High-Accuracy Integrated GPS-INS Aircraft Navigation for Landing using Pseudolites and Double-Difference Carrier Phase measurements presented by:

Prof. Hari B Hablani Indian Institute of Technology, Bombay

DISHA-2013, NEW DELHI A Seminar by Airport Authority Officersâ€™ Association(India)

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Overview 1

Introduction

2

Problem Description

3

GPS Overview

4

Precise Positioning using carrier phase measurements

5

Aircraft Landing Using Integrity Beacons

6

Single-Difference Carrier Phase Measurements

7

Integer Ambiguity Resolution

8

Double-Difference Carrier Phase Measurements

9

Least-Squares Ambiguity Decorrelation Adjustment(LAMBDA)

10

Simulation Results

11

Conclusion

12

Future Work Indian Institute of Technology, Bombay

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Introduction The Global navigation satellite systems are fast becoming preferred means of navigation Satellite based navigation system allows to fly aircraft through time and fuel efficient routes Provides efficient air traffic management The commissioning and maintenance cost of the ground based signalling systems such as instrument landing system can be reduced by relying on GPS-based landing approach Government of India has invested several thousand crores in building space infrastructure in the country. With GAGAN and IRNSS (Indian Regional Navigation Satellite System), air navigation in India will soon become more accurate and efficient Reference: http://www.gps.gov/applications/aviation/

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Problem Description

Provide precise navigation to an aircraft during landing and use PVT estimation to control the aircraft The research work includes the following Simulation of an aircraft landing trajectory, presently it is kinematic Integer ambiguity resolution by achieving geometric diversity using integrity beacons Implementation of navigation algorithm using single-difference and double-difference carrier phase measurements Development and simulation of the integrated GPS-INS navigation system Development of the flight control system Receiver autonomous integrity monitoring

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GPS Overview GPS Segments: Space Segment,Control Segment and User Segment Signals: Each satellite transmits two RF signals L1 and L2 fL1 = 1575.42 MHz, and fL2 = 1227.60 MHz

GPS measurements Code phase measurement(Pseudo-range measurement) ρ = rtrue + Iρ(t) + Tρ(t) + c(δtu − δt s ) + ξρ

(1)

Carrier phase measurement φ = λ−1 [r − IΦ + TΦ ] +

c (δtu − δt s ) + N + ξΦ λ

(2)

Where: N is unknown no. of whole cycles, the carrier phase measurement has no information about the no. of whole cycles; this is also called integer ambiguity. σ(ξρ ) = 0.5 m, σ(ξΦ ) = 5 mm Indian Institute of Technology, Bombay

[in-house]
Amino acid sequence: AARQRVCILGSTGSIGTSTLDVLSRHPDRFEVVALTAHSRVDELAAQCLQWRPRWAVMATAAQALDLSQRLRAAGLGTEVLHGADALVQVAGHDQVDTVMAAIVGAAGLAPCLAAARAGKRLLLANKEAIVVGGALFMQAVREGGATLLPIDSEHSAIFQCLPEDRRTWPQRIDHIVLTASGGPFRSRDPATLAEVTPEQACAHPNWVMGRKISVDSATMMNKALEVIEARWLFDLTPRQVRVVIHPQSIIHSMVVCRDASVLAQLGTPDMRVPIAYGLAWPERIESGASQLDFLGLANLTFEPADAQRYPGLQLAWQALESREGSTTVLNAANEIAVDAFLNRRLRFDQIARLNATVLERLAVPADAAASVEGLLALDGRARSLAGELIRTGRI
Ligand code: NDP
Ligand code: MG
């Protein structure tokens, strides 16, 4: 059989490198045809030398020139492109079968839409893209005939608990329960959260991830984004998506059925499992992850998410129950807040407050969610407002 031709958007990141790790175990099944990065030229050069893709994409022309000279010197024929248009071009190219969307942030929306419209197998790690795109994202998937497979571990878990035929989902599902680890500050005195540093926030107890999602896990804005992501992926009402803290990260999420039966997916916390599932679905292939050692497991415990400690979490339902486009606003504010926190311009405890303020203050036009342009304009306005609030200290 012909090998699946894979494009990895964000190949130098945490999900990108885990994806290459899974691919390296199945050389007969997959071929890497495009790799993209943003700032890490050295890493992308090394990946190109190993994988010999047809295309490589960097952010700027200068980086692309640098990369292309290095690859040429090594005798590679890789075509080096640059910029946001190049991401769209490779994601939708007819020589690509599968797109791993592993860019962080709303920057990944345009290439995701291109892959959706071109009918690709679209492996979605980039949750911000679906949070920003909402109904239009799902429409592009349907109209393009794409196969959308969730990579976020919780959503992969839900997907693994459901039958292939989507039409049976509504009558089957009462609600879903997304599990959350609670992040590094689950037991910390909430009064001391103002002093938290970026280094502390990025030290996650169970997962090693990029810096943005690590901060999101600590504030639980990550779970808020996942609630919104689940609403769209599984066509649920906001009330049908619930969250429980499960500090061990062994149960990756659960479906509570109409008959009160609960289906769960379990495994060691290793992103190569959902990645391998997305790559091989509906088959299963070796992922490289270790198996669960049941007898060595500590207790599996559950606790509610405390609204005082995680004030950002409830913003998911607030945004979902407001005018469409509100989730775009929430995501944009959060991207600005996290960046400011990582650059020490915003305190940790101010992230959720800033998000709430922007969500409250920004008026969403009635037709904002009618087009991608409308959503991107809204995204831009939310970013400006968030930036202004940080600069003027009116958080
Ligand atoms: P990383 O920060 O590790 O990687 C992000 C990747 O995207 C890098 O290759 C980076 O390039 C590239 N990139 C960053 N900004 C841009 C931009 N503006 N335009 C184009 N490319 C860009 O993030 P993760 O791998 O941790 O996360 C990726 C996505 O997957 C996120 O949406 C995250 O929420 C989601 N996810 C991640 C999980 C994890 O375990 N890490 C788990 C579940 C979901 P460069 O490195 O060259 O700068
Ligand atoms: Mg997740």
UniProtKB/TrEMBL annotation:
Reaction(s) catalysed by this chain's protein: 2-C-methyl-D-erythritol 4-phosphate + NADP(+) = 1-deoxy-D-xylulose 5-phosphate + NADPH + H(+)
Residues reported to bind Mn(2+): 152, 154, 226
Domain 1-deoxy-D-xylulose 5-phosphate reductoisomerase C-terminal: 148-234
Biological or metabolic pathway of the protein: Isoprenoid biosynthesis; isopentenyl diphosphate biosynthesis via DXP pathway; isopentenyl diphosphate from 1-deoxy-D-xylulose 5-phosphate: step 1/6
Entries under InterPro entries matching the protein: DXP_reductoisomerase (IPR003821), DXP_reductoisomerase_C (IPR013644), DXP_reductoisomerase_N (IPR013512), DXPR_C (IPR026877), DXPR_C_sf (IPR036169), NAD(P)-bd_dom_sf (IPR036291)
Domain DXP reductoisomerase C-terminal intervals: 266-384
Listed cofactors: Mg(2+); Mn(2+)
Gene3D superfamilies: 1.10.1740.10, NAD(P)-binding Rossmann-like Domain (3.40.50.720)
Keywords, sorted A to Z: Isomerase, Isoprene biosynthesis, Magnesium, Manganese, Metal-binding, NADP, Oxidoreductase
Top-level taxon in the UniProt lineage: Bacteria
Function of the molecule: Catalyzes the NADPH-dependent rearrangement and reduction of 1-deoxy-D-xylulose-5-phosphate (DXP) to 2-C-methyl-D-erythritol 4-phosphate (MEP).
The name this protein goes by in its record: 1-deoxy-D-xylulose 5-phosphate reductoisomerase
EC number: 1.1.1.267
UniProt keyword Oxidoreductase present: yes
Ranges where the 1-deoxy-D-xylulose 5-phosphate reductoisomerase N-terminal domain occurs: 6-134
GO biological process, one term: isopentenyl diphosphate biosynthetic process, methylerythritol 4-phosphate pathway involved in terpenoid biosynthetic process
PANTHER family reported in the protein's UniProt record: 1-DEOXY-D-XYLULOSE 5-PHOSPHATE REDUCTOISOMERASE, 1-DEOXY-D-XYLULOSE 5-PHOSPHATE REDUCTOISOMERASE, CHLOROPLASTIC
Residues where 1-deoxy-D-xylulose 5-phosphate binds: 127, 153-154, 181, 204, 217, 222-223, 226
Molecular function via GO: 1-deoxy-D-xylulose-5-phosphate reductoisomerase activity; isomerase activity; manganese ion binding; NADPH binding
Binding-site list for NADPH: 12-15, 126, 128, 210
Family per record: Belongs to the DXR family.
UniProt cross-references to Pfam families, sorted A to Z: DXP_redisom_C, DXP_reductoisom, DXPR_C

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GPS Overview Errors in measurement Ionospheric and tropospheric refraction(5 m) Clock and Ephemeris Errors (3 m) Multipath Errors (1.5 m) Receiver noise (0.6 m) Satellite Geometry

Figure: GDOP Reference: http : //electronicdesign.com/site âˆ’ files/electronicdesign.com/files/archive/autoelectronics.com/telematics/navigations ystems/GPS1 .jpg Indian Institute of Technology, Bombay

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Precise Positioning using carrier phase measurements

The Pseudo-range measurements provide accuracy around 5-20 meters This accuracy level is not acceptable in some applications such as aircraft landing Centimetre level accuracy can be achieved by using differential carrier phase measurements However, carrier phase measurements require estimation of unknown integer ambiguities

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Aircraft Landing Using Integrity Beacons One integrity beacon is placed on each side of the approach path to a runway. Ground reference station measures the carrier phase of the GPS and Integrity Beacon signals. These measurements are transmitted to the aircraft. The on-board system consists a GPS receiver,a data link receiver and a computer to execute the navigation algorithm.

Figure: Aircraft landing using Integrity Beacon Reference: Cohen, C.E., Pervan, B.S., Cobb, H.S., Precision Landing of Aircraft Using Integrity Beacons, in Parkinson, B.W and Spilker Jr. J.J., Global Positioning System: Theory and Applications Volume II, Vol. 163 Progress In Aeronautics and Astronautics, AIAA, 1996

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Aircraft Landing Using Integrity Beacons(contd..)

Figure: Aircraft landing system

Reference: Cohen, C.E., Pervan, B.S., Cobb, H.S., Precision Landing of Aircraft Using Integrity Beacons, in Parkinson, B.W and Spilker Jr. J.J., Global Positioning System: Theory and Applications Volume II, Vol. 163 Progress In Aeronautics and Astronautics, AIAA, 1996 Indian Institute of Technology, Bombay

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Single-Difference Carrier Phase Measurements

Figure: Vector Geometry

Carrier phase measurements at the user(Aircraft) from i th satellite Ď†iu = Îťâˆ’1 [rui âˆ’ Iui + Tui ] + c(Î´tu âˆ’ Î´tsi ) + Nui + iĎ†,u

(3)

Ref.- Cohen, C.E., Pervan, B.S., Cobb, H.S., Precision Landing of Aircraft Using Integrity Beacons, in Parkinson, B.W and Spilker Jr. J.J., Global Positioning System: Theory and Applications Volume II, Vol. 163 Progress In Aeronautics and Astronautics, AIAA, 1996, pp. 427-459 Indian Institute of Technology, Bombay

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Single-Difference Carrier Phase Measurements(contd..) Carrier phase measurement at the reference station from the same satellite Ď†ir = Îťâˆ’1 [rri âˆ’ Iri + Tri ] + c(Î´tr âˆ’ Î´tsi ) + Nri + iĎ†,r

(4)